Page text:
Regards,

    Mark



  • 6.  Re: How to do Form-based/username-password login (passing in request.username and request.password)?

    Posted 10-15-2018 02:53 AM

    Hi,

     

    I think we (or maybe I am) are mis-communicating.

     

    What I was trying to say that I did was that I did use the Require Xpath Credentials assertion, as you originally suggested.

     

    However, in my case, I wanted to use a context variable, ${mycred}, as the input TO the Require Xpath assertion instead, so after adding the Require Xpath assertion to the policy, I right-clicked on the assertion to select the target, then, selected "context variable" instead of Request as the target message.

     

    However when I test, by just hitting that URI with a browser, that doesn't seem to work... the Require Xpath credentials is not able to extract the request.username and request.password from the XML message that is in the ${mycred} context variable.



  • 7.  Re: How to do Form-based/username-password login (passing in request.username and request.password)?

    Posted 10-15-2018 03:10 AM

    By the way, I should mention that if i leave the target message for the Require Xpath Credentials assertion as Request (which is the default), and if I then send a request with a body content and a POST with the XML into the SSG, that DOES work.

     

    The reason I wanted to try to use a context var with the XML as the Target message for the Require Xpath Credentials assertion, is that, for some testing where the XML was hard-coded, I could then just send a GET request, rather than somehow having to send a POST in.

     

    Jim



  • 8.  Re: How to do Form-based/username-password login (passing in request.username and request.password)?

    Posted 10-15-2018 05:59 PM
      |   view attached

    I done a test, it's working fine, I will attach my test policy.

    My lab box has user mark, so the post request body is,

    username=mark&password=7layer

     

    you can change to any user in your IDP

    Attachment(s)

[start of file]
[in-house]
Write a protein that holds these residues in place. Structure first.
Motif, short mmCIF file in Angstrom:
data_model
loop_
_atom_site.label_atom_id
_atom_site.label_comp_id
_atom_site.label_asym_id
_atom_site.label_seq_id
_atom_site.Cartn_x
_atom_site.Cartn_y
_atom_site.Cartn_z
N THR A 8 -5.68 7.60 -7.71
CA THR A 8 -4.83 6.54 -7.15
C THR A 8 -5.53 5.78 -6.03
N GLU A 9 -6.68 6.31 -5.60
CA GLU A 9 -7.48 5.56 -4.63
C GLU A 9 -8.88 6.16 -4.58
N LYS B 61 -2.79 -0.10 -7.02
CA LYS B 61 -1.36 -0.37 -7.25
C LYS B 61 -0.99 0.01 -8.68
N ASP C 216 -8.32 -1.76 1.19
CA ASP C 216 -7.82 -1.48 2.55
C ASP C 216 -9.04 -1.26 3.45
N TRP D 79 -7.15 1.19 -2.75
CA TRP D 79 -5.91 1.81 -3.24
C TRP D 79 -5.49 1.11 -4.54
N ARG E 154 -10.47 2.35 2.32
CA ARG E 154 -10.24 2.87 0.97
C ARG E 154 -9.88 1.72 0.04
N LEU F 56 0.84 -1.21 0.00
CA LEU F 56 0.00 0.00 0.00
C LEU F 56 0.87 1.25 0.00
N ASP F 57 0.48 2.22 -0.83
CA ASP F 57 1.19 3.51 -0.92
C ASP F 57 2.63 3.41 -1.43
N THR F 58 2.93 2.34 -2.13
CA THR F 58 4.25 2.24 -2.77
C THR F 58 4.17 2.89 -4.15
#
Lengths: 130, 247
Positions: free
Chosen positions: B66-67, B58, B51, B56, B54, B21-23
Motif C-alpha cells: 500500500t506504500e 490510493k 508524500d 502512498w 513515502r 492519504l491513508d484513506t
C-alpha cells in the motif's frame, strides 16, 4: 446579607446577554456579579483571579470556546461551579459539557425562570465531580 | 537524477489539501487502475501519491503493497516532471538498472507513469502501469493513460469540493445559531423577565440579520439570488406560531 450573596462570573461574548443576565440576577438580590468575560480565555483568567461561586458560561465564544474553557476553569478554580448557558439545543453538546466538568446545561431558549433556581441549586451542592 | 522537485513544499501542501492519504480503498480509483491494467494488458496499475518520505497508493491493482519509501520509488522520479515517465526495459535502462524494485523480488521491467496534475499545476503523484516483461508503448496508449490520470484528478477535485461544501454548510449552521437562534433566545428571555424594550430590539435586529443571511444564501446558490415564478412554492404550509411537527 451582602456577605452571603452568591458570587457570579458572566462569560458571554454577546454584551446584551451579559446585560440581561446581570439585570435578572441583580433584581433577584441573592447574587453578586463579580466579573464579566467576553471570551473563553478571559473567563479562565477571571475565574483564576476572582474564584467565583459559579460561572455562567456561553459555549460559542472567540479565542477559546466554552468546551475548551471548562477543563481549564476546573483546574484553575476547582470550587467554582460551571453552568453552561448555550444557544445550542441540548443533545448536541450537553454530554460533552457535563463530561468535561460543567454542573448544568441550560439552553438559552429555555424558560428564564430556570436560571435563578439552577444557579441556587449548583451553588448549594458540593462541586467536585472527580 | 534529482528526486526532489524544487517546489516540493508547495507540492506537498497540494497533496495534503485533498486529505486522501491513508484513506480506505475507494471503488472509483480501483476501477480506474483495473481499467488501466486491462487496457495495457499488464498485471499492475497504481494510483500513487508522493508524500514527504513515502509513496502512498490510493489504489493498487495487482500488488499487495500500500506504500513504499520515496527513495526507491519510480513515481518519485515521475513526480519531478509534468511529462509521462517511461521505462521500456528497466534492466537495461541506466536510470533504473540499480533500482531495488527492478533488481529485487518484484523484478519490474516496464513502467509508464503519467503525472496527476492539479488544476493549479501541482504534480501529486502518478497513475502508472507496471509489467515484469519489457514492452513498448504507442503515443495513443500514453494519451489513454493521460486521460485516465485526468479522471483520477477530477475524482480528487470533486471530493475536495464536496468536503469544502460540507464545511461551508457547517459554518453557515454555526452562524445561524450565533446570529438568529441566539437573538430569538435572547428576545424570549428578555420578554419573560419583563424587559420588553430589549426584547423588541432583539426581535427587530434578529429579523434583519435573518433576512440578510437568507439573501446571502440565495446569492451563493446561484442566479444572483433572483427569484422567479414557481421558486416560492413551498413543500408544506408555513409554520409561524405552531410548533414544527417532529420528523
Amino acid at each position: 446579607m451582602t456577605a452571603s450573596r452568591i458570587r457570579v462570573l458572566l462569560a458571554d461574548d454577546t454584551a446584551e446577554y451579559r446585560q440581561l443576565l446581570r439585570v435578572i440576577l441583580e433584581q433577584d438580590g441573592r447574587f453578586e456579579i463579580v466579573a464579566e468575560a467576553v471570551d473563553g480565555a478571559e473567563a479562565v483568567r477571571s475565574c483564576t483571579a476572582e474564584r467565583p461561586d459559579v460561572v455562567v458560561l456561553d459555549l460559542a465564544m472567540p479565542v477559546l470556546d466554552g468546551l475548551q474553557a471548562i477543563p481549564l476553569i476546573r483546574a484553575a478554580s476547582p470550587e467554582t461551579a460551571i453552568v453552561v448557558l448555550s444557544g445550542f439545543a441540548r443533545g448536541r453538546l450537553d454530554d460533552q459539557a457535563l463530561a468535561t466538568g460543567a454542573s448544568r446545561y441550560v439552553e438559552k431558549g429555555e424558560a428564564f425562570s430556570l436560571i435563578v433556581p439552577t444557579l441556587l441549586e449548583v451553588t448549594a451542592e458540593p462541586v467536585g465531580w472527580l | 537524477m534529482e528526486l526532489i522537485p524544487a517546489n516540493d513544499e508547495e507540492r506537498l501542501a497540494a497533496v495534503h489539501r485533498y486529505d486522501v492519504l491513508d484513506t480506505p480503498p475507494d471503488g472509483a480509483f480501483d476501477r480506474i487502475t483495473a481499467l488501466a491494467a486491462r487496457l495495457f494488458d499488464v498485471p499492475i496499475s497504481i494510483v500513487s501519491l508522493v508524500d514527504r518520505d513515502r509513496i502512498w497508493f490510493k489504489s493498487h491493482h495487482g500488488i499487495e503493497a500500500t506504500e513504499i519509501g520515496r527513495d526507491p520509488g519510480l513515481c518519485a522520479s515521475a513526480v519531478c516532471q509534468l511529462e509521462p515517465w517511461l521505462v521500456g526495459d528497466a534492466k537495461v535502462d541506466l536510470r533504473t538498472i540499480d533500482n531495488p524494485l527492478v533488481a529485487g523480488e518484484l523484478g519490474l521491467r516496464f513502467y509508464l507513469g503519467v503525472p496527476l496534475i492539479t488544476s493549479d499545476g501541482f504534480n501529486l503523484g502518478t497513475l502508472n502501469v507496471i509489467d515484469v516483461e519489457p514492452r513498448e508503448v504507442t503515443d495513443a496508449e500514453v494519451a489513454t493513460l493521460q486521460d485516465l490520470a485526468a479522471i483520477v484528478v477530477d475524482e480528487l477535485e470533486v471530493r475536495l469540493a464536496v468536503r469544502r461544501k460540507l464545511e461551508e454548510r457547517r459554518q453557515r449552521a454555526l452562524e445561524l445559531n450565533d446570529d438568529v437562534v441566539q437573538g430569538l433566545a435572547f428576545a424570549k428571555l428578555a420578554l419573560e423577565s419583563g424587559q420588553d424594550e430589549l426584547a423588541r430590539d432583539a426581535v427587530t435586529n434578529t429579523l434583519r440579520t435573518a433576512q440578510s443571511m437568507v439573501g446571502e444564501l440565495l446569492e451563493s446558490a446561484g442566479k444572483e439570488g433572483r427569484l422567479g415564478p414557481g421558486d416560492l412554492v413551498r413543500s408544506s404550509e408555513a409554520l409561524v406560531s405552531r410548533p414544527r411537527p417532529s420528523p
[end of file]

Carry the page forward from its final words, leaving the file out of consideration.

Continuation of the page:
zip
    formCredential.xml.zip   1K 1 version


  • 9.  Re: How to do Form-based/username-password login (passing in request.username and request.password)?

    Posted 10-16-2018 10:55 AM

    Hi,

    Thanks for the test policy.

    There is one (probably big) difference between your test policy and what we are doing.

    In your test policy, you select the target message as the ${cred} for both the Require Match Xpath credential assertion and then subsequently for the Authenticate against identity provider assertion.


    In our case, we are trying to use the SSG OAM assertion, and unfortunately, that OAM assertion does not allow us to select the target message for the OAM assertion, and I think that is why this won't work for us.

     

    I have a kind of separate question:

     

    In your test policy you do set the ${cred} as the target for both the Require Match Xpath assertion and for the Authenticate assertion.  That kind of seems to imply that when the Require Match Xpath assertion is executed, it is somehow modifying contents of the ${cred} context var, but I tried outputing ${cred} both before and after the Require Match Xpath, and the output looked exactly the same, so I guess I don't understand what is going on ??

     

    Can you explain?

     

    Thanks,

    Jim



  • 10.  Re: How to do Form-based/username-password login (passing in request.username and request.password)?
    Best Answer

    Posted 10-16-2018 11:39 AM

    Hi,

     

    I think that I literally just got it working. 

    It looks like the OAM assertion implicitly expects the username and password to be in vars request.username and request.password, i.e., it behaves like target message is a var named "request" (lower-cased var name)!!

     

    So, in my policy, I did the Require Match Xpath with target ${request} then just invoked the OAM assertion (which doesn't allow for an explicit target).

     

    And then I tested, and it works!!

     

    "It is always what you don't know, or are not told, that will kill you!"

     

    Jim